Symposium Spotlight: Grant Crosses the James


reporting by ECW Correspondent Shannon Nichols

Edward Alexander has made a career focusing on the end of the Petersburg Campaign. He’s a former historian with Pamplin Historical Park, which preserves the spot where Federals finally broke through the Confederate line on April 2. He’s also the author of Dawn of Victory: The Breakthrough at Petersburg, a book in the Emerging Civil War Series.

But lately, Edward has been looking at the other end of the Petersburg campaign—its very earliest days, when Ulysses S. Grant’s Federal forces first arrived at the gates of the Cockade City.

This year at the Fifth Annual Emerging Civil War Symposium at Stevenson Ridge, Alexander will talk about a key turning point of the war that, he says, often gets overlooked: “Grant Crosses the James.” 

After his failure to break Confederate lines around Cold Harbor, Grant opted to jump the James River on June 14-16 and strike at the Confederate supply lines flowing into Petersburg, just to the south of Richmond.

Alexander first became interested in the topic when he began working with a fellow historian, Will Greene, who was writing a book for UNC Press about the Petersburg Campaign. Greene asked Alexander if he could make the maps that would be included in the book.

According to Alexander, he began to be “drawn toward that part of the Petersburg Campaign” when his “real, in-depth research” about Grant’s river crossing began.

Before Alexander knew it, he was spending his personal time finding books and reading and reading about these earliest days of the campaign. He was not only trying to make the maps as accurate as they could be, he was also researching simply for the sake of learning more. “I was not just copying what Will had done,” Alexander said. “I was researching for myself, and once that project was finished with, I began researching it more and more.”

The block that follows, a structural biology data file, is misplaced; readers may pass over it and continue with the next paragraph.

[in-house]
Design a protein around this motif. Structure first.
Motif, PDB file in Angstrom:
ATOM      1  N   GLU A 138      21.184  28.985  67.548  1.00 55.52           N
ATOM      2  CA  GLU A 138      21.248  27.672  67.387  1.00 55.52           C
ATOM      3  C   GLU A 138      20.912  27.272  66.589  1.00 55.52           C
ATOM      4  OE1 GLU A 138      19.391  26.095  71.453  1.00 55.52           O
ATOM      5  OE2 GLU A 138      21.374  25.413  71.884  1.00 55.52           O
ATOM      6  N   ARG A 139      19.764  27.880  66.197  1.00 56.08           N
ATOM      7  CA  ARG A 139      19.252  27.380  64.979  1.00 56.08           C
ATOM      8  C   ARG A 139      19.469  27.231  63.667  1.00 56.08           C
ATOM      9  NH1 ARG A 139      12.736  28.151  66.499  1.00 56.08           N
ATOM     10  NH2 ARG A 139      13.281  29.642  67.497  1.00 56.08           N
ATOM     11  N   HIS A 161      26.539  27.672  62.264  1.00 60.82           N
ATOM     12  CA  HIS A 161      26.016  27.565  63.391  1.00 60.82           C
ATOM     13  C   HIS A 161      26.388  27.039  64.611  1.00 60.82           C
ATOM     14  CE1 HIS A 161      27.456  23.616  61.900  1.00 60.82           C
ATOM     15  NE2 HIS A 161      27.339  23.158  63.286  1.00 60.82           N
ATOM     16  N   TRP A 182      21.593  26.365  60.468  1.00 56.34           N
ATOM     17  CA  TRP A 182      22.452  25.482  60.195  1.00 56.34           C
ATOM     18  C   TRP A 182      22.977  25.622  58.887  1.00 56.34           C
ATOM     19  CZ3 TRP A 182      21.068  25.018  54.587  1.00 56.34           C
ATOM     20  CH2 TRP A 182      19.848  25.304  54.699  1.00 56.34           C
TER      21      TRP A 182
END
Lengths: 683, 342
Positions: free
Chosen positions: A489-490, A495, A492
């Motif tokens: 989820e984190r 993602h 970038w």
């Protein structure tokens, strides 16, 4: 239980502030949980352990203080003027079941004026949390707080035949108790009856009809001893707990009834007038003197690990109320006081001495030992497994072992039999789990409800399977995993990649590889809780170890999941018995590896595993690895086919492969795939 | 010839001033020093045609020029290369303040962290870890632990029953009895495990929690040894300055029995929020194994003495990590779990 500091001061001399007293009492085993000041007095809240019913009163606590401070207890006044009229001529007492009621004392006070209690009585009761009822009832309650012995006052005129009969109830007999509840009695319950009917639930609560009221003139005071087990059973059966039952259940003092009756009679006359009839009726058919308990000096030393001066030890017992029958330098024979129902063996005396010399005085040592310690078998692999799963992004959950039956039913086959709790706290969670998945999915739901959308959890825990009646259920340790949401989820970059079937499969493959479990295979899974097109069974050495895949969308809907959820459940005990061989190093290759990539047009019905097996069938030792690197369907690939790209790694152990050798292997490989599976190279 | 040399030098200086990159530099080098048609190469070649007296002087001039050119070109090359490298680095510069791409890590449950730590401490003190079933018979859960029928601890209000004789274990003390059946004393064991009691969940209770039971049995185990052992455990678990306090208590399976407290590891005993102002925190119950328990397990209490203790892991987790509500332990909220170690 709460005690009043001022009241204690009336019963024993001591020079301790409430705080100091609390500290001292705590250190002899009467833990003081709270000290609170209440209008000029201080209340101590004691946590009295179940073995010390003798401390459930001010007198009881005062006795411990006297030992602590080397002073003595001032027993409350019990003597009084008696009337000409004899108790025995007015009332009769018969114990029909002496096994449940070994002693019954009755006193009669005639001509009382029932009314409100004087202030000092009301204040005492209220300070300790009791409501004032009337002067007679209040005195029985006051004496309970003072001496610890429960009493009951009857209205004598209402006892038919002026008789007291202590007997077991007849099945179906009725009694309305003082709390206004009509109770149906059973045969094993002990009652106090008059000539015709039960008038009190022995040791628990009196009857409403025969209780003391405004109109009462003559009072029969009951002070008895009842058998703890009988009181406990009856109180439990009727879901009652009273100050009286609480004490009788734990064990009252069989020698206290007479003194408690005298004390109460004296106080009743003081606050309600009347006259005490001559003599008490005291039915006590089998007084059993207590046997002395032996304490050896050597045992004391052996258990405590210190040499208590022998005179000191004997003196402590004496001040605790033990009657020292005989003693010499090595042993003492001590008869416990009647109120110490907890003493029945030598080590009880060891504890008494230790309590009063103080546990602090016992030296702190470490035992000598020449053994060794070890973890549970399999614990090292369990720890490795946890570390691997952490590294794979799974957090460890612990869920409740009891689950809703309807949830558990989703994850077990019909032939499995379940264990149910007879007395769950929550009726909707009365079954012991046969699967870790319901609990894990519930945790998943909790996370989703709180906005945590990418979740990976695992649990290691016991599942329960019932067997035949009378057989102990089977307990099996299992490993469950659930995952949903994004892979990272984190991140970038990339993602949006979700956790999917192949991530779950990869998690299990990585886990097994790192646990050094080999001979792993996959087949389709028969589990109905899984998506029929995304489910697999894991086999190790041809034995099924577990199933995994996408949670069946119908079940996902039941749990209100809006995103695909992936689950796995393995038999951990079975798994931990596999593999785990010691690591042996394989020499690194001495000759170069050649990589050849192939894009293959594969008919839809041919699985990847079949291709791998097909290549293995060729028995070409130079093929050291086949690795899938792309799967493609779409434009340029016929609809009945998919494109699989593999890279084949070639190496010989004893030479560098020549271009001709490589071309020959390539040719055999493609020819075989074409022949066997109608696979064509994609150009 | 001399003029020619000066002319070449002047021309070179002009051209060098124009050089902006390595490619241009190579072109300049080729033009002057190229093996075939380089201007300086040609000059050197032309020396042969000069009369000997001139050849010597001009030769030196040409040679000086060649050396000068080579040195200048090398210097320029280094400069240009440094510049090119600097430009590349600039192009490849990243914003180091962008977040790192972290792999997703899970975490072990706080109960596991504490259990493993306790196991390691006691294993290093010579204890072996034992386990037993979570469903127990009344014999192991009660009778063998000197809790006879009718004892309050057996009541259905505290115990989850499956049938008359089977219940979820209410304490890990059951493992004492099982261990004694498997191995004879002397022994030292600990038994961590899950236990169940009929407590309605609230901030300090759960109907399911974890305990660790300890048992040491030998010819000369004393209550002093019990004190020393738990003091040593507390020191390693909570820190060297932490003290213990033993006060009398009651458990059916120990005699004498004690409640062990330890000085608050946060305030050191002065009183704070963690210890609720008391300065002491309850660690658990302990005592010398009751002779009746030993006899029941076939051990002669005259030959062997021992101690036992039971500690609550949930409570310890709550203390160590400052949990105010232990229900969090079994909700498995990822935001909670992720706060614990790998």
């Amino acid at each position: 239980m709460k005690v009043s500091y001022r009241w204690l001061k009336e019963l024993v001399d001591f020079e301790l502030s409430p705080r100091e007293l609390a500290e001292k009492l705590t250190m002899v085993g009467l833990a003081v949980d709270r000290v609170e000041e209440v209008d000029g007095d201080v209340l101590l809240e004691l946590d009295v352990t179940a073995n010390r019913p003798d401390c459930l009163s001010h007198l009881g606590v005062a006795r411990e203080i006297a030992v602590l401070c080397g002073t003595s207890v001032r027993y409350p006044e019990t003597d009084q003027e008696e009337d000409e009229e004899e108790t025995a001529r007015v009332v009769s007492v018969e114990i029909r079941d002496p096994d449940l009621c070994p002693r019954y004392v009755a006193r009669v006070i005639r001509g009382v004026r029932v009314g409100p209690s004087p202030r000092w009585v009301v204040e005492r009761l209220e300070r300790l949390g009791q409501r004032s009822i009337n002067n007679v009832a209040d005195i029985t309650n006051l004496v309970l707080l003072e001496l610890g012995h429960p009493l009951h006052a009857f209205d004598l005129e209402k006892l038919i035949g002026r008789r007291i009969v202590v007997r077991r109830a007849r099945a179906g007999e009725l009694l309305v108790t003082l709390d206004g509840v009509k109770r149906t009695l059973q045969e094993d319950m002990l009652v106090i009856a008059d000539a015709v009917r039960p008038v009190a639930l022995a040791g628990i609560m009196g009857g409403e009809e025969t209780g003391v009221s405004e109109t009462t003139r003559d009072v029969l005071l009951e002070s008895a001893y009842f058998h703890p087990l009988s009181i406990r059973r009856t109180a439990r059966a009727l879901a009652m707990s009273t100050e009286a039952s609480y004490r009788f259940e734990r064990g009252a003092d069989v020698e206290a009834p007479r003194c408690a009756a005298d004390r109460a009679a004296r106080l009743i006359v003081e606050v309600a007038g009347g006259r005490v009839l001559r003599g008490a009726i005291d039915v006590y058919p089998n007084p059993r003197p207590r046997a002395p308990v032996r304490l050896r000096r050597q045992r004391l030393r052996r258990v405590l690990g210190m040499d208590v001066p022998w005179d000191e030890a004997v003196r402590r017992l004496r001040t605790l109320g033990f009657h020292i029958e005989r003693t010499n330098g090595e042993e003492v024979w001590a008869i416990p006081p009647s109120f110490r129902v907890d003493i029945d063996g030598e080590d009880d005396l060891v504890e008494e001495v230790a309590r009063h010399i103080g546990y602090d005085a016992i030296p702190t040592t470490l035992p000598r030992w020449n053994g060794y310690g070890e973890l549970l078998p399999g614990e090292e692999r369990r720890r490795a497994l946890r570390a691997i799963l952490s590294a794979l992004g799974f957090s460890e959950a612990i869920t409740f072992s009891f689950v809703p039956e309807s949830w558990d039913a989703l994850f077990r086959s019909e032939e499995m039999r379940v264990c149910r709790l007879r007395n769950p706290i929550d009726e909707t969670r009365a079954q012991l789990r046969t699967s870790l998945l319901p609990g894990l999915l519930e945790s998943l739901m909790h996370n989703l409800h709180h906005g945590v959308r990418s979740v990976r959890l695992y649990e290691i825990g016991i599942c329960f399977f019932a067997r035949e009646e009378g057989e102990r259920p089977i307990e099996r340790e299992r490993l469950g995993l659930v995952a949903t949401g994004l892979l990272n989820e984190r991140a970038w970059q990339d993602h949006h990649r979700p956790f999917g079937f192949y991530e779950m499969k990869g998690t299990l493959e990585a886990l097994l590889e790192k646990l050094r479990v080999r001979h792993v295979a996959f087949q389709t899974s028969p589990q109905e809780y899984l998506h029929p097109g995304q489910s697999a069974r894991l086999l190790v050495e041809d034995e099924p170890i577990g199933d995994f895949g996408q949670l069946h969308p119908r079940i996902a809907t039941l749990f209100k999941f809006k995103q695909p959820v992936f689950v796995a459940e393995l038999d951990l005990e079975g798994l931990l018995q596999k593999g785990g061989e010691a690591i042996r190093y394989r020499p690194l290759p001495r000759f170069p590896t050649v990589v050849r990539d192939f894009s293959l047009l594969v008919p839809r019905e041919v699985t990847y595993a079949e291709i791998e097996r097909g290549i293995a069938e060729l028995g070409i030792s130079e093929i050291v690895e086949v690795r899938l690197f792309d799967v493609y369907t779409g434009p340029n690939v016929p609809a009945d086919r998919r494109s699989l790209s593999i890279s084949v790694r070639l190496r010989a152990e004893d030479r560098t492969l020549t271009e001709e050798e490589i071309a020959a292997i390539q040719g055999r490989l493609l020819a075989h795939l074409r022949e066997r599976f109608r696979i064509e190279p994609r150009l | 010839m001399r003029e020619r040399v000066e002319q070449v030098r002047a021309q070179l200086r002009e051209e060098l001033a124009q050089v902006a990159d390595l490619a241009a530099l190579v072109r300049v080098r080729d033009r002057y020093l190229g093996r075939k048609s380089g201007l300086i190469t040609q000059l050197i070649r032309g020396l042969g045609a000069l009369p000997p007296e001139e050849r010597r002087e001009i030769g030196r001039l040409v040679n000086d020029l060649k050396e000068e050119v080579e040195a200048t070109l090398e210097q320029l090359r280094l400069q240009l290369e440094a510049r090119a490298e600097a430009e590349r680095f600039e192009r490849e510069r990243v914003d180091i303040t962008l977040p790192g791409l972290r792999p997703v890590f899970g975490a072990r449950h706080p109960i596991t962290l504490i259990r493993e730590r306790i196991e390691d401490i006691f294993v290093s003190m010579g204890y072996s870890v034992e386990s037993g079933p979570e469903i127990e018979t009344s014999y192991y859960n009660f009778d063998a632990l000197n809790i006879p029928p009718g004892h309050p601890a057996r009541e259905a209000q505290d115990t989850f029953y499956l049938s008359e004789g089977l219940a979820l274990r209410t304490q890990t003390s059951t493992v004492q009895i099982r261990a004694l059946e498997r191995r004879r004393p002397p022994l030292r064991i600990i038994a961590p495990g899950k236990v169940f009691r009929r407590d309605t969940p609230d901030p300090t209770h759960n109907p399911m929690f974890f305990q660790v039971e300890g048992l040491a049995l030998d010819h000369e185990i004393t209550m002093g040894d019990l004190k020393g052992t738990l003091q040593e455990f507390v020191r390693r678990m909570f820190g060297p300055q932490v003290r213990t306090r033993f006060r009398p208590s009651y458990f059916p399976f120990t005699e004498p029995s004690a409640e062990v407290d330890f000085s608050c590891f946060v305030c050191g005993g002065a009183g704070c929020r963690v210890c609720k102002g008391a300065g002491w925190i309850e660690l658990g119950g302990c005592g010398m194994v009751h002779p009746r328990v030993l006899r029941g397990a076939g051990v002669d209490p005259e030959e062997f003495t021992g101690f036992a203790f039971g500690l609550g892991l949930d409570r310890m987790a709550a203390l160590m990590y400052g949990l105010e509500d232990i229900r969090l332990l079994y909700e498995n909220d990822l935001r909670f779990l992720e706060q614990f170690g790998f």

History has always captured Alexander’s imagination. “I was able to visit a lot of battlefields with my family when we went on vacations, so that’s what really drove my interest in the subject,” he said. Over the course of his early life, he “knocked off almost all of the major ones [battlefields] from Shiloh to Antietam to Gettysburg, down to Chickamauga.” By the time he had reached his senior year in high school, Alexander had basically been to every battlefield possible. This drove him to want to know more and more. He eventually earned a B.A. in history from the University of Illinois.

After obtaining an umbrella of knowledge about Ulysses S. Grant crossing the James, Alexander had a unique perspective on the event as a turning point of the Civil War. “In hindsight, it was obviously the right decision to make, but it was a controversial decision at the time,” he said. The focus of the war for the Federals—and what many people believed would lead to victory—was capturing Richmond, the capital of the Confederacy. “The entire focus throughout the war was Richmond, Richmond, Richmond—how can we capture Richmond?” Alexander said.

Besieging Petersburg, then, seemed like an unnecessary detour to many. But according to Alexander, one of the major reasons for the Union’s victory was “more men, more material, and better logistics.” When Grant made the decision to go around Richmond and strike Petersburg, Alexander said, Grant was really striking at the Confederacy’s dwindling supply of men and material.

Said Alexander, “It took not only courage, but logistics, to make a decision that, in the end, proved to be the best decision for Ulysses S. Grant and the Union.”


Tickets are still available for the Fifth Annual Emerging Civil War Symposium at Stevenson Ridge, Aug. 3-5, 2018. Tickets are $155 for all three days. For more information, or to order tickets, see ECW’s Symposium page.

2 Responses to Symposium Spotlight: Grant Crosses the James

  1. This sounds very worthwhile. My own interest stems from my ancestor Isaac’s role in helping build the pontoon bridge on June 14 as a member of the US Engineers Battalion. In his diary he mentioned something I haven’t seen elsewhere – that after the work had been completed a steamer ran into the bridge and the Engineers had to come back and perform repairs. Yet another example pf how the best-laid plans ….

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